Singapore’s central bank has directed financial institutions to review any relationships with individuals tied to a money laundering scandal involving over S$1.8 billion (US$1.3 billion) of assets.
The Monetary Authority of Singapore sent a note to the compliance heads of all financial firms in the city state to examine any suspicious or unusual transactions by the people from the beginning of 2020, according to a copy of the August 30 instruction. Banks must scrutinise dealings with 34 individuals including the 10 suspects who were arrested last month.

These people “could be involved in illicit activities,” the executive director of MAS’ anti-money-laundering department said in the note. “As a matter of policy, MAS does not comment on our dealings with financial institutions,” MAS said in response to media queries.

Singapore files charges against 10 with ‘Chinese passports’ in money-laundering bust

The regulator’s action underscores the efforts needed to plug the gaps exposed by the August 15 crackdown, where assets including gold, luxury cars, cash and cryptocurrency have been seized. About 10 banks including DBS Group Holdings Ltd., the country’s largest lender, as well as the local units of Citigroup Inc. and Credit Suisse have so far been drawn into the scandal as the investigation continues.

As they go through the transactions, the MAS asked the firms to take actions such as filing a suspicious-transaction report as necessary, according to the document.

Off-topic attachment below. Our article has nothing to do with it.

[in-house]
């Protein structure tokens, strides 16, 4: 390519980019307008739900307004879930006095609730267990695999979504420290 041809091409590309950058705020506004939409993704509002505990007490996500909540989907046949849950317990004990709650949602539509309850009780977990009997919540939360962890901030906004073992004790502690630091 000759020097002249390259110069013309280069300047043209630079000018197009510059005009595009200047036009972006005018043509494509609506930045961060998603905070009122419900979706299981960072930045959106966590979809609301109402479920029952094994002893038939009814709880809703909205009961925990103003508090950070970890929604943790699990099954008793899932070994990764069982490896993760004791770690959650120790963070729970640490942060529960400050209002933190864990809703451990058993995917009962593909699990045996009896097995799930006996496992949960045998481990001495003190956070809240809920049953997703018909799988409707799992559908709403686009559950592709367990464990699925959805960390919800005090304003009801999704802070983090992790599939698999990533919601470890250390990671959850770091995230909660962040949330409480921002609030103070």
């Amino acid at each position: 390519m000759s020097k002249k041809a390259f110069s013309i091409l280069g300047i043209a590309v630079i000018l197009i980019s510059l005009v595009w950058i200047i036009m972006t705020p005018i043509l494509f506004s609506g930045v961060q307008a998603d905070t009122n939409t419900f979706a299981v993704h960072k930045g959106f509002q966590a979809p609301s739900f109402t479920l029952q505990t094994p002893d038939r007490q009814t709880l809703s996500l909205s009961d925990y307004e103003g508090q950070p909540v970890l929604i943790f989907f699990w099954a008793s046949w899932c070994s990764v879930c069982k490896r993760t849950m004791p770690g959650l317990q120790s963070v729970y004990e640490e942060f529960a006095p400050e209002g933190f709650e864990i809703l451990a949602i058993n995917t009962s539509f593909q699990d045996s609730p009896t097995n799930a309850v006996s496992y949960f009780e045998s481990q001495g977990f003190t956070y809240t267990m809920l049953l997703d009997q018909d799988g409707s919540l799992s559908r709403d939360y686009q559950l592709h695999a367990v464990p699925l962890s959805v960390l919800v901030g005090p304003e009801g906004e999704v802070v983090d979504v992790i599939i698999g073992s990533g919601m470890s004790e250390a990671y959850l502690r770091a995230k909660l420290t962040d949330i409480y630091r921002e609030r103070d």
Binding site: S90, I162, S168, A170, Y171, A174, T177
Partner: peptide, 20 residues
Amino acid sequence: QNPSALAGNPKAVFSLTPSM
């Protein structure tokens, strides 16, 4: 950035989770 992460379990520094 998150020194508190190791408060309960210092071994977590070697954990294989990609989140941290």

The 10 suspects include three Chinese nationals and seven other foreigners with purported Chinese passports.

The order by the Monetary Authority of Singapore to financial firms includes asking them to file a suspicious-transaction report if necessary. Photo: Bloomberg

Some of the suspects have operated in Singapore before 2020, according to local business filings. Chen Qingyuan, who holds a Cambodian passport, became a director and shareholder in a technology firm from October 2019, a filing to the Accounting and Corporate Regulatory Authority shows. Chen has been wanted by authorities in China’s Anxi County since early 2019.


Vang Shuiming, another suspect whose more than S$125 million has been seized from bank accounts including at Credit Suisse’s local unit and Bank Julius Baer, was appointed shareholder of another company in 2019. Another of the arrested, Su Haijin, was a director and shareholder of a software development firm in Singapore as early as 2017.

The 10 accused are in remand and haven’t entered pleas.

Additional reporting by Asia desk